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Help identifying pine species
Hi. I'm hoping one of you tree expert-types can help me identify the species in this picture http://www.cayoosh.net/pix/cleven/bridgecanyon99.jpg - not sure if it's a Ponderosa or Lodgepole or maybe something else. The area this is from has a lot of such snag-type pines - I was looking for another picture or two from other locations, and maybe one with a closeup of the needles; I know I don't have a closeup of the bark for sure. The location is on the inland side of the Coast Mountains in British Columbia, about 20 mi W of Lillooet, British Columbia, which is in Ponderosa Pine range as well as Lodgepole.Skookum1 21:40, 30 September 2006 (UTC)
Definitely not Ponderosa
- Not a good photo, but from the location, shape of the branches, and texture of the foliage I would guess Pseudotsuga menziesii subsp. glauca. -- BlueCanoe (talk) 20:30, 8 January 2011 (UTC)
Article needs more ordinary information
The issues elaborated in the article are specialized and not of sufficient value to the layman looking up information on a common western pine tree. Can't there be more useful data about tree's habitat, structure, growing habits, and economics uses? These are the sorts of things which predominate in the interests of an encyclopedia user. I don't mind being talked to like a teenager, as long as the information is clear, accurate, readable and useful. NaySay 17:19, 26 June 2007 (UTC)
The Jeffrey Pine page says that its own scent is vanilla while the Ponderosa Pine has a turpentine scent, whereas this page says Ponderosas have a vanilla scent. I was taught that the Jeffrey was more Pineapple/tropical, whereas the Ponderosa was more vanilla. Perhaps an expert can reconcile these pages. —Preceding unsigned comment added by Bramblez (talk • contribs) 05:35, 27 February 2008 (UTC)
The Ponderosa Pine smells like the best parts of Starbucks. I am an interpretive guide in a predominantly Ponderosa forest and those babies smell like vanilla. I most certainly would have noticed Turpentine by this point with the appalling amount of trees that I have sniffed. Jjthebikeguy (talk) 07:29, 26 April 2009 (UTC)
I've done some digging on the internet and found that some websites do mention the vanilla scent of the Jeffrey Pine and mark it as a distinguishing feature, whereas the same websites do not mention a vanilla or butterscotch or pineapple scent, for that sake, of Ponderosa Pines. So I've omitted the bit about the smell.
I have comments regarding this under Jeffrey Pine. Though I agree that smell can be percieved diiferently by different people, my experience with having people put their nose right up against the bark, consistently yields agreement that it has a vanilla smell. Try it. I too have never noticed the turpentine smell mentioned. Sometimes your own nose is a better source than everything on the internet. Arthropod (talk) 15:27, 18 October 2011 (UTC)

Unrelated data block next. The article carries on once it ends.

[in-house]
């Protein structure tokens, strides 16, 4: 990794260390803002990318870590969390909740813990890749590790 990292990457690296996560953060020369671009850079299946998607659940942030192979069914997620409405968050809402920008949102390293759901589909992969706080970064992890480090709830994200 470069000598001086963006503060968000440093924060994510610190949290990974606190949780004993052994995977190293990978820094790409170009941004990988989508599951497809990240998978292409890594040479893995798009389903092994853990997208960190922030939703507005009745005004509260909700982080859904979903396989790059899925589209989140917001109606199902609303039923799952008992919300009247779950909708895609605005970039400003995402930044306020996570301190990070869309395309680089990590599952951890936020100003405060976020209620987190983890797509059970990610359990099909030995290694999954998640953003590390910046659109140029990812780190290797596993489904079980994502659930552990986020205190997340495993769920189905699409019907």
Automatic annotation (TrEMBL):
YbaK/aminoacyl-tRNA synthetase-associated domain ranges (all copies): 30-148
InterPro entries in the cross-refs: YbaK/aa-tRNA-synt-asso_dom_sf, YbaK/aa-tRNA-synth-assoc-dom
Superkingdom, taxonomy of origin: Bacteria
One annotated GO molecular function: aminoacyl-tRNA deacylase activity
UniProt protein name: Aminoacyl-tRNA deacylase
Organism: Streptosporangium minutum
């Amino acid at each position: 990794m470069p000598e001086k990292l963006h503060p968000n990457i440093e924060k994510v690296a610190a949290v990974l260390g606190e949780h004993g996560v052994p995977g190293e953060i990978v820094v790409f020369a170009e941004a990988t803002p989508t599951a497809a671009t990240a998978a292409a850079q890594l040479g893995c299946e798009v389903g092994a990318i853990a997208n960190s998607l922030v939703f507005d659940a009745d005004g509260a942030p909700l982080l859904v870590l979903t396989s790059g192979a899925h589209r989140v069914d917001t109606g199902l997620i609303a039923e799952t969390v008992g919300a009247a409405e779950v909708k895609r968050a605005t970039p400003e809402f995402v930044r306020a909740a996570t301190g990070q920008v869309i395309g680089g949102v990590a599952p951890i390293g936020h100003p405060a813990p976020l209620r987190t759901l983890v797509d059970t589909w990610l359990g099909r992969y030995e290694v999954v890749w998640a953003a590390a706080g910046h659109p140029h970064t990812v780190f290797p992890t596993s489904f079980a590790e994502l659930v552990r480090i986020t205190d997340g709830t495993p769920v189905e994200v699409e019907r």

And this site mentions the vanilla smell of the Jeffrey Pine but doesn't mention the smell of Ponderosa Pines.
The mention of Gila Wilderness is accurate. The webpage cited says "The Gila Wilderness in southwestern New Mexico contains perhaps the largest and "healthiest" ponderosa pine forest in the world," whereas this Wikipedia article states it as an absolute.
Thank you for your suggestion. When you believe an article needs improvement, please feel free to make those changes. Wikipedia is a wiki, so anyone can edit almost any article by simply following the edit this page link at the top. The Wikipedia community encourages you to be bold in updating pages. Don't worry too much about making honest mistakes—they're likely to be found and corrected quickly. If you're not sure how editing works, check out how to edit a page, or use the sandbox to try out your editing skills. New contributors are always welcome. You don't even need to log in (although there are many reasons why you might want to). Walter Siegmund (talk) 01:40, 22 July 2009 (UTC)
It would be nice to see a section on threats to Ponderosa Pine forests -- mountain pine beetle, logging, etc.
The current threats discussion is very lacking, and bluestain fungus does not come from the mouth of the beetle, although it is carried with the beetle.
Thank you for your suggestion. When you believe an article needs improvement, please feel free to make those changes. Wikipedia is a wiki, so anyone can edit almost any article by simply following the edit this page link at the top. The Wikipedia community encourages you to be bold in updating pages. Don't worry too much about making honest mistakes—they're likely to be found and corrected quickly. If you're not sure how editing works, check out how to edit a page, or use the sandbox to try out your editing skills. New contributors are always welcome. You don't even need to log in (although there are many reasons why you might want to). Walter Siegmund (talk) 10:06, 12 April 2010 (UTC)
There is mention in the article about the unusual bark characteristics of this tree. Perhaps a photo of the trunk of a ponderosa pine would be useful. 188.8.131.52 (talk) 19:45, 24 November 2008 (UTC)
- I see what you mean. Bark pictures may be found at Commons:Pinus_benthamiana and Commons:Pinus_ponderosa. Walter Siegmund (talk) 01:01, 25 November 2008 (UTC)